The first exchange to be listed on in June 2018 was planned to be CryptoBridge and the next priority for the funds raised via mining was for listings on masternodes.online and masternodes.pro. The deposit and withdrawal issues faced by CryptoBridge for a short while during June 2018 resulted in us choosing to list on stocks.exchange first instead. The two masternodes website listings were completed as planned.
With the above complete, and the CryptoBridge issues resolved, we are going to set our sights on back on a CryptoBridge listing. This is still intended to be completed during June 2018.
Our roadmap will have us looking at larger exchanges – but the above is the short-term goal. The larger exchange listing will begin with Cryptopia, or similar, and we expect to have a proposal in place for this during Q4 2018
Most coins have a set reward for masternodes and a set reward for stakers/miners. This can end up with rewards heavily skewed towards one group or the other.
DRIP’s seesaw algorithm, which will be operational for 6 months, aims to split rewards evenly between masternodes and stakers – with a slight skew towards masternodes to cover their server costs.
Basically, when we have too many stakers and not enough masternodes, masternode rewards get dis-proportionally higher. This results in a lot of stakers deciding to operate masternodes instead.
The opposite is also true – too many masternodes cause staking rewards to increase and this results in masternodes shutting down and staking instead.
The end result is that rewards will not be heavily skewed towards either group.
Basically, if you receive a reward that is labelled an orphan block, it means you didn’t actually receive a reward.
Orphaned blocks are an occasional occurence that happen with any decentralized blockchain. New blocks are generated by the nodes on the DRIP network, which include masternodes and staking wallets and any other wallets that are online at that time. This protocol helps to ensure that the network reaches agreement (consensus) on what is the next block in the blockchain, and sometimes multiple nodes create blocks at right around the same time. Some nodes may not be aware that another has already made the next block and they may make one as well. This consensus process is one of the core principles in the design of bitcoin, and every other blockchain, to ensure the that coins cannot be spent twice.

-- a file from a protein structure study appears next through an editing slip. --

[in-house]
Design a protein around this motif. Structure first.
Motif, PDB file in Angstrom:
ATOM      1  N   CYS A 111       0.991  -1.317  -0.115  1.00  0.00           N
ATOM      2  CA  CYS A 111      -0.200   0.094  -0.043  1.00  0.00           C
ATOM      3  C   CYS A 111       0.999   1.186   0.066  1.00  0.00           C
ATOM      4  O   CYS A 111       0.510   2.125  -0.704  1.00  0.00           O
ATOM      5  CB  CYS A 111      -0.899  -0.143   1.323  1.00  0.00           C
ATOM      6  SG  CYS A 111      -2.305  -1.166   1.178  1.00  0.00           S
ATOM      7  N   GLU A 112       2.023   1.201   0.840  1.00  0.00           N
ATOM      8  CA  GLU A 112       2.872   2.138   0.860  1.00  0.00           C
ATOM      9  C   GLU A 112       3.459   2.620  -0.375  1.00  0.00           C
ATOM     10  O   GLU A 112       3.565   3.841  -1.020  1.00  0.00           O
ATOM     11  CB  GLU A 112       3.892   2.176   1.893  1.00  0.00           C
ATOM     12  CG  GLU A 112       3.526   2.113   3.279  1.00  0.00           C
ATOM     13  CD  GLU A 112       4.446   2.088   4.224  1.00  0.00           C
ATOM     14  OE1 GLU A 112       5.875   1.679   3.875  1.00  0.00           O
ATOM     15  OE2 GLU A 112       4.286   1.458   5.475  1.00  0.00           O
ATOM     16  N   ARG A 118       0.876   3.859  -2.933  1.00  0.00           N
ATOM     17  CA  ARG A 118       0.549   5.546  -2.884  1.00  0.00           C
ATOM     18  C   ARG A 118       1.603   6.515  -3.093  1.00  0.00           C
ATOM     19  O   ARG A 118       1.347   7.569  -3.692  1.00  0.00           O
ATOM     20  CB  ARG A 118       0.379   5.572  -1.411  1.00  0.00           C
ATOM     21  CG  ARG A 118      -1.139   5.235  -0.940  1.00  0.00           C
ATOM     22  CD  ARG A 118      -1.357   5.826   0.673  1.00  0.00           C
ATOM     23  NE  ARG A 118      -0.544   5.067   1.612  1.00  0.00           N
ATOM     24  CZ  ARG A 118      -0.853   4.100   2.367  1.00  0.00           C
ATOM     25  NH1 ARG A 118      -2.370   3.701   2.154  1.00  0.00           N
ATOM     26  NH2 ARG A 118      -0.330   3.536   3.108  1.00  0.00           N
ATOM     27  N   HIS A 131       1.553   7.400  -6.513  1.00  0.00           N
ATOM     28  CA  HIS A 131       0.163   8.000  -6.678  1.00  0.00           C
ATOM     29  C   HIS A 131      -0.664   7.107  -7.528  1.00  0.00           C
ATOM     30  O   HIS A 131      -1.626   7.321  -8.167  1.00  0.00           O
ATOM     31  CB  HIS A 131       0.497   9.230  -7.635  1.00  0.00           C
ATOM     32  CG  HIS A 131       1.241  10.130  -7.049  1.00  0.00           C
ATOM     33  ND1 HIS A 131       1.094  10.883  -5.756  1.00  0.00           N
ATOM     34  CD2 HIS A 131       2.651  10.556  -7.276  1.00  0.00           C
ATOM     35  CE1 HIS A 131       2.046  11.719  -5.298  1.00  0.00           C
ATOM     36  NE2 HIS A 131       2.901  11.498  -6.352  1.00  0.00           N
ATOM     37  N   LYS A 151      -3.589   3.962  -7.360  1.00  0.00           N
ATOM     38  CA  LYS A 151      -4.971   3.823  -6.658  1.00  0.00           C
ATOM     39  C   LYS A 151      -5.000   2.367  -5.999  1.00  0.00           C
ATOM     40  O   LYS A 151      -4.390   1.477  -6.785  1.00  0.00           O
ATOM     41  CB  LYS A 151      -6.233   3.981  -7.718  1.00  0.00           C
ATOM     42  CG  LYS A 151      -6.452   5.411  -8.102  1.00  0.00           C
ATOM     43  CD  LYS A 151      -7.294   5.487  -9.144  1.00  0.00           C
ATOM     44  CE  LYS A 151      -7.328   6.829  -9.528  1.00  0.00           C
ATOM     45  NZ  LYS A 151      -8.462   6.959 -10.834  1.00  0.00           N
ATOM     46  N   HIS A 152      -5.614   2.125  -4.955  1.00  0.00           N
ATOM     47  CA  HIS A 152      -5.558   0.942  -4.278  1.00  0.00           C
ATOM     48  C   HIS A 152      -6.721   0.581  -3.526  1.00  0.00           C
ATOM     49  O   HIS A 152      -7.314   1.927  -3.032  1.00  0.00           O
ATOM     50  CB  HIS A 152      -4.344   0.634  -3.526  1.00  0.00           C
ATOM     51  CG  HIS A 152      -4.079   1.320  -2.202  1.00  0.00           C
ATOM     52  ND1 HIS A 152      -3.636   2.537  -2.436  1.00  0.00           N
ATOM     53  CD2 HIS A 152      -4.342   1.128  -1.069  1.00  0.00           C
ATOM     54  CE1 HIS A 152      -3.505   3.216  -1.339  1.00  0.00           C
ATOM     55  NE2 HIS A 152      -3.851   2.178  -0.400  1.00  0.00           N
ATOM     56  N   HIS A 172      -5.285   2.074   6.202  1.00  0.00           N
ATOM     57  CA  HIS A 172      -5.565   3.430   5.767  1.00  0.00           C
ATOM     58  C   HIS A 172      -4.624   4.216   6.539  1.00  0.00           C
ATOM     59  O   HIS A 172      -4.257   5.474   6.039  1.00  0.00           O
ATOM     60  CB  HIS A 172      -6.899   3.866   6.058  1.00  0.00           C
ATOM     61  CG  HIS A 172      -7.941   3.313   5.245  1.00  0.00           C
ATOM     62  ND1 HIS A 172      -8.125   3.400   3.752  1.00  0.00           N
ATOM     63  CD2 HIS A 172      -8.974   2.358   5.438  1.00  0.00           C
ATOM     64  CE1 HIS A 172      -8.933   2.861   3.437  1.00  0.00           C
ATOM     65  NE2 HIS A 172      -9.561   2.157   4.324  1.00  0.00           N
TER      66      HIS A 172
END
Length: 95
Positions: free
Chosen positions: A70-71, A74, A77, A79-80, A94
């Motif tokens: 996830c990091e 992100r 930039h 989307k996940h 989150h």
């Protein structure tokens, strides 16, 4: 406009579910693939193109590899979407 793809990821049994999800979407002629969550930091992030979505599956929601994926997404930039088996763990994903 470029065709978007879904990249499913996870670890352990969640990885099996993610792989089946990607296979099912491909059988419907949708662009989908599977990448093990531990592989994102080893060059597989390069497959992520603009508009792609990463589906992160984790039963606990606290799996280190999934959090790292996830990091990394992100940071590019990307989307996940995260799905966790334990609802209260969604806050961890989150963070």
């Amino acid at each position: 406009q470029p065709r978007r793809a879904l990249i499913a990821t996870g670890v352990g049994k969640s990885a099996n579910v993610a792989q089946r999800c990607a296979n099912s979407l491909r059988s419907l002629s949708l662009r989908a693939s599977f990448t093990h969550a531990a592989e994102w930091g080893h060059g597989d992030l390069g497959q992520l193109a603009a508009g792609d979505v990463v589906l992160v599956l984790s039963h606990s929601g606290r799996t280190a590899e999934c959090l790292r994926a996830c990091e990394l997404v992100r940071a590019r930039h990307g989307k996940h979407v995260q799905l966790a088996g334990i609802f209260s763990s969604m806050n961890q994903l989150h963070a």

Once the network has reached consensus on which new chain of blocks is the “winner”, any others are considered orphaned blocks. They are called orphans because the blockchain keeps the parent to child block relationships from the beginning to the end of the blockchain, and these other blocks no longer have a parent.
This brings us to staking rewards. Each newly generated block gives the staking reward to an address on the network who was staking at that time. However, if that block turns out to be an orphan, the staking rewards from that block are also an orphan and therefore are not real, spendable DRIP, because the staking reward for that block was already given out on the block that reached consensus. This is one of the reasons why staking, retailer and masternode rewards require more confirmations before you can spend them compared to other DRIP transactions, to allow time to work through the consensus process.
This should only happen to you occasionally. Some argue that it would be simpler to just hide orphaned rewards but, because you might not immediately know it is orphaned, that could be confusing – you might see the reward show up and then disappear. Showing them and marking them as orphans is a much more transparent solution.
As a computer will be slower to generate a block when the CPU/memory is in high-demand for other processing, DRIP stakers may see an increase in orphan blocks if their CPU/memory is being used heavily in other processes, e.g. CPU miners will generally see a higher frequency of orphan blocks than most.